By Sanjeev Kumar
Fast-growing small businesses frequently need to make quick but informed decisions, and access to the right information at the right time can mean the difference between making a good decision or a bad one. Small businesses typically have access to a goldmine of business data, but find it difficult to use it effectively to improve business efficiency and profitability.
Analyzing Small Business Data
Start analyzing the customer and sales side of your business by using the data that you have. Look around your business for sources of data such as spreadsheets, the small business software you use and your office documents.
Identify the few core metrics that your business needs to measure. Depending on the type of business you have, these could be cost-per-lead, lead conversion rate, the time to close each sale, referrals, customer retention rate, average transaction value and customer lifetime value.
Regular tracking and review of these metrics lets you make adjustments to your sales and marketing programs; adjustments that can help improve your sales efficiency, optimize the cost of customer acquisition and enhance your customer value.
You may find your own financial data to be equally insightful. Managing your cash flow is essential for a growing small business, and periodic reviews of your key financial metrics will make sure you stay at the top of your cash-flow situation, as well as know the financial health of your business.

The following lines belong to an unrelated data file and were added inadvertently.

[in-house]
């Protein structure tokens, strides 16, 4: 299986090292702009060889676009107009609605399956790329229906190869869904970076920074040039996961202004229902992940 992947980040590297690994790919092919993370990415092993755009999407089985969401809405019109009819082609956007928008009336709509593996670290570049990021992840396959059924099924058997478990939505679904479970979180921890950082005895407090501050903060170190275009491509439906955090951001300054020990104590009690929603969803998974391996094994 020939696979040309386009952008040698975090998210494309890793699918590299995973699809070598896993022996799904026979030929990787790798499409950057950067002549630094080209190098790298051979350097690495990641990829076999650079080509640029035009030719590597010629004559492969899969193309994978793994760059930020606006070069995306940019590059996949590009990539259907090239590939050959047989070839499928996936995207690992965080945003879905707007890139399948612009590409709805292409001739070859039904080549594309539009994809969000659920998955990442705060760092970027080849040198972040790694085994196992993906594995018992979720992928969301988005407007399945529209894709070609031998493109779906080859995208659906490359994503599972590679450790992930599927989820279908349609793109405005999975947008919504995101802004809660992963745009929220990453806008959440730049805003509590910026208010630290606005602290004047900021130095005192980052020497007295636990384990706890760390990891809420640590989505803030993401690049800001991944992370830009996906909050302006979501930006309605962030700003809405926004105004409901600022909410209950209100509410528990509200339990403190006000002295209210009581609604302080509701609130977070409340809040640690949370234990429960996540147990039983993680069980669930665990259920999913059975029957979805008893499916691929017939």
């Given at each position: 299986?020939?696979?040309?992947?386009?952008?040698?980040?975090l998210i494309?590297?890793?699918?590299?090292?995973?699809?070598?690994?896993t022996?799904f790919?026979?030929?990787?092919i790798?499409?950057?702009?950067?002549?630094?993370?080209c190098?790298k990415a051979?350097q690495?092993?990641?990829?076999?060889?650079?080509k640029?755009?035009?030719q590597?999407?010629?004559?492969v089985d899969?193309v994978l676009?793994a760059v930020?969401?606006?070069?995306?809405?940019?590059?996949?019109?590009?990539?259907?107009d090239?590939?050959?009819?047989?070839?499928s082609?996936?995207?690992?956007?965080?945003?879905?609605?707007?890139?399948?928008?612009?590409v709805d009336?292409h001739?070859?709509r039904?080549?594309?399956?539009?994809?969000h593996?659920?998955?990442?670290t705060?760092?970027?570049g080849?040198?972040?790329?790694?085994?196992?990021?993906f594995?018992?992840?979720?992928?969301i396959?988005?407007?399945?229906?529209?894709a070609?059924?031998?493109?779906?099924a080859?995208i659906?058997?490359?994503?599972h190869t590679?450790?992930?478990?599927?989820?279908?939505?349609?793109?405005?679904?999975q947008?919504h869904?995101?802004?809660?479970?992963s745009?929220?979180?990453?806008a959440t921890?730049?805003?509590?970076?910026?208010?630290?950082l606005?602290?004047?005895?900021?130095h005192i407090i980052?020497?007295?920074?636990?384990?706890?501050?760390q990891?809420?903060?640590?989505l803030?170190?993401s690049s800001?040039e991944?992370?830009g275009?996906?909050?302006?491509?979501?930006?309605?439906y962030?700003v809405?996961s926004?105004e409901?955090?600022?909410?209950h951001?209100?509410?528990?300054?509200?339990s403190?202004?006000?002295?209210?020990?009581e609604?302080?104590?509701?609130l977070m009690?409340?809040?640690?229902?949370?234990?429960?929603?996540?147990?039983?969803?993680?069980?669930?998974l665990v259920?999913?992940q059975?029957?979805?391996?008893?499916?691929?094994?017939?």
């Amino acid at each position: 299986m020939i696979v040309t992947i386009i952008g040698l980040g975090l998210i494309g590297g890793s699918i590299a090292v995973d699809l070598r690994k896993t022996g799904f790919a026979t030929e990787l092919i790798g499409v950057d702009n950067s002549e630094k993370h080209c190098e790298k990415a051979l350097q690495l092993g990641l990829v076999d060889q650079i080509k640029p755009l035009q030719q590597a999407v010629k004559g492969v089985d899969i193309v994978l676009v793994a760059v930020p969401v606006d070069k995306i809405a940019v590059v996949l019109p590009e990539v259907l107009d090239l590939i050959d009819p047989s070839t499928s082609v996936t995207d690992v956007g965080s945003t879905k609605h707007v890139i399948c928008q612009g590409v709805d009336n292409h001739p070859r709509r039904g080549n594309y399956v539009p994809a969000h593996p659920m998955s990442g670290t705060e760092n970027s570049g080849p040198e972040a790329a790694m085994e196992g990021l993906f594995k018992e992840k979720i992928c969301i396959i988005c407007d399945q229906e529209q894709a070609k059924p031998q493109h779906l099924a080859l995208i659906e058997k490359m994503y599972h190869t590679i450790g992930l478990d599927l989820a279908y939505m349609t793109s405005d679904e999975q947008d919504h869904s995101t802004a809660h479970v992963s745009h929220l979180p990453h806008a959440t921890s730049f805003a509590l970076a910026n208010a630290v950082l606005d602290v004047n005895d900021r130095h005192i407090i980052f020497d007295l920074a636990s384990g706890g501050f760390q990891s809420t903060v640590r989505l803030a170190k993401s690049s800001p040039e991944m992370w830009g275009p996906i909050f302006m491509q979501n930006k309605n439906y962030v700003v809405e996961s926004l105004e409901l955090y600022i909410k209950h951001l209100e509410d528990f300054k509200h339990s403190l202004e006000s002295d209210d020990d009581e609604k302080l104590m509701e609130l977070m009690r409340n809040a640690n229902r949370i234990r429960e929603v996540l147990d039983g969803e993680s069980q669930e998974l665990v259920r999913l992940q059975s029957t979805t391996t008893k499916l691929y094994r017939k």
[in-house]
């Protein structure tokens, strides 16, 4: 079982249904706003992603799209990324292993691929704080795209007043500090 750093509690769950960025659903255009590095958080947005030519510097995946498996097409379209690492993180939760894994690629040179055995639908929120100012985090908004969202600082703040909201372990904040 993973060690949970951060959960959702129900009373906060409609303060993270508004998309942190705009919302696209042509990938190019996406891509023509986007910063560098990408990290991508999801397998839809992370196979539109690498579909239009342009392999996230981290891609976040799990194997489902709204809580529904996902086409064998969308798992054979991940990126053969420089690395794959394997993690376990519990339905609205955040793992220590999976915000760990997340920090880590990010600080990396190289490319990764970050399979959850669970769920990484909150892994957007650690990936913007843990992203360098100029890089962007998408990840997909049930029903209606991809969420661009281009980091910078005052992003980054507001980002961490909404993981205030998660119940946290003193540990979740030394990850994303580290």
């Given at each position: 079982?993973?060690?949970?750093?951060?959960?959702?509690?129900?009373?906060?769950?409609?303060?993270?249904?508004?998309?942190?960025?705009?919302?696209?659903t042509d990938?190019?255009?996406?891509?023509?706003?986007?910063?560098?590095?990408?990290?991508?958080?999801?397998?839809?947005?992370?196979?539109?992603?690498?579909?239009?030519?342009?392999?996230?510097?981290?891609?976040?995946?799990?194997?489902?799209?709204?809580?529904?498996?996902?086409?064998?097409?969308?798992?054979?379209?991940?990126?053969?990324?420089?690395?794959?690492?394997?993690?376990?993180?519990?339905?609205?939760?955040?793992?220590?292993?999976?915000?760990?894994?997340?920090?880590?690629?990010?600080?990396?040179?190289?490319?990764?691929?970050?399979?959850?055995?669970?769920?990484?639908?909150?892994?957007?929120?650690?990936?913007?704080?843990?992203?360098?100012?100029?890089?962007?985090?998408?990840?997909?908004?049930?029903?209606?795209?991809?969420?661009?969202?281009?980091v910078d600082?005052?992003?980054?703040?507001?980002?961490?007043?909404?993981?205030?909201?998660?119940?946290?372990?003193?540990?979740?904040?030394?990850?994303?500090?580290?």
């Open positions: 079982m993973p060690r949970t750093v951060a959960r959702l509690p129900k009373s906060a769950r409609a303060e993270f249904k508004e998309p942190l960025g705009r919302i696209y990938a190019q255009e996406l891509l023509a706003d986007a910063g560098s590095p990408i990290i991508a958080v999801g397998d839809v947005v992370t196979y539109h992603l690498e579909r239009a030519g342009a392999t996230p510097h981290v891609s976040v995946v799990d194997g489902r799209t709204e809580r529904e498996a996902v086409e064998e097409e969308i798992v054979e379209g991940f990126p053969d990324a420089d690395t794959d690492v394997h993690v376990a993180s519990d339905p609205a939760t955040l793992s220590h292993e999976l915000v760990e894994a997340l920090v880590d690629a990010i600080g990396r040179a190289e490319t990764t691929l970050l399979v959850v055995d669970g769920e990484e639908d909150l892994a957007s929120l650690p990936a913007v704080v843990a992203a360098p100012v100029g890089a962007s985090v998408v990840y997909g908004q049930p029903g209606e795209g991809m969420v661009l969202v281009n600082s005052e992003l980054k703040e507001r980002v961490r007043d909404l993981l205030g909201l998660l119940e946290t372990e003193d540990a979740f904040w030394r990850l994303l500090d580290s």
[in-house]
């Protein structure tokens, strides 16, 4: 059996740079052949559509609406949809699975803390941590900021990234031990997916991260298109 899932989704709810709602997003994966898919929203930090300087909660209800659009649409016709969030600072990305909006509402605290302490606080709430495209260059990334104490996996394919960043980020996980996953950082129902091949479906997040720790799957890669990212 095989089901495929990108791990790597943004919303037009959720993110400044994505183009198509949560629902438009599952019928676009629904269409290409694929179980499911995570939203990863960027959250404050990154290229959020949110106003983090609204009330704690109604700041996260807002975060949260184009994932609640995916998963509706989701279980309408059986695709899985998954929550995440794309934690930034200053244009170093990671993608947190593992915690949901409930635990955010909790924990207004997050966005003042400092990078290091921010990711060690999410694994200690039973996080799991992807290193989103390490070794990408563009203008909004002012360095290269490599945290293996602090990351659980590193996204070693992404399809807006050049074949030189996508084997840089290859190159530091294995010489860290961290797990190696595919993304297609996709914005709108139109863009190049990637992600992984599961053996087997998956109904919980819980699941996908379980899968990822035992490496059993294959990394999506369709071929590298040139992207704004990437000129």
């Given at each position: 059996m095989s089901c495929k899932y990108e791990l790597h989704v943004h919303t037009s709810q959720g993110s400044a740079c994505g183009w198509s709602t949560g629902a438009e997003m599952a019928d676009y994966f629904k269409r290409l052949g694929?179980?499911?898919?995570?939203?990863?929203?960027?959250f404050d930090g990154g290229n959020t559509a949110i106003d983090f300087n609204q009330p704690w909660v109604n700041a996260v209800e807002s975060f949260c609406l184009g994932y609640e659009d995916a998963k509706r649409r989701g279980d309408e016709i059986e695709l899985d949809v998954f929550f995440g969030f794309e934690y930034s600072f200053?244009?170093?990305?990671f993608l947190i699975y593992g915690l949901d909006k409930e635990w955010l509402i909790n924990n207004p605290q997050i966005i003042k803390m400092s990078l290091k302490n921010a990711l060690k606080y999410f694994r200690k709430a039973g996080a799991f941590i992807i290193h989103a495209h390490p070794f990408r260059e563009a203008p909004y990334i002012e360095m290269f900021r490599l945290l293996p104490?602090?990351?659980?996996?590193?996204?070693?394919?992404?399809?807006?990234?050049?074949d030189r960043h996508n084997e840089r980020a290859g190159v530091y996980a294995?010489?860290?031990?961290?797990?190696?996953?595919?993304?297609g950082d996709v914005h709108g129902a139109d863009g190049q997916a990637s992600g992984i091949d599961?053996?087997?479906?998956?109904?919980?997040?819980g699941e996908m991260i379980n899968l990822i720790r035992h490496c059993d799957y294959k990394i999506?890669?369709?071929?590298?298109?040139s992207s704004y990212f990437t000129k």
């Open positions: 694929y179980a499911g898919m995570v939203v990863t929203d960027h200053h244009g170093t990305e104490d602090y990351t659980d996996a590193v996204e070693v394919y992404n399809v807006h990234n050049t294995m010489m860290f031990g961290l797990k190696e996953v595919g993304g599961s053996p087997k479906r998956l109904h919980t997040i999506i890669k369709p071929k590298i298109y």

The important finance metrics to watch include: burn rate, cash-in-hand, expected cash flow break-even date, collection cycle time, gross and net margins on each type of product or service, and planned goals versus actual performance.
Your operations data may also contain hidden gems that can help you gain insights into the current performance levels of your business.
The potential sources of such data could be your production processes, asset maintenance, logistics and customer service logs. Analysis of this data can help you answer questions such as: What is our order completion forecast? Which parts/systems fail the most? Which group of customers needs our support most often?
This information can help you take business operations out of fire-fighting mode and instead let you resolve operational issues that can lead to potential cost saving opportunities.
Your data is certainly your great asset, and it can be one of your best friends in the business if you can learn to use it the right way.
Sanjeev Kumar is product Manager for business analytics at iBE.net, which offers cloud-based business software for small to mid-size enterprises.
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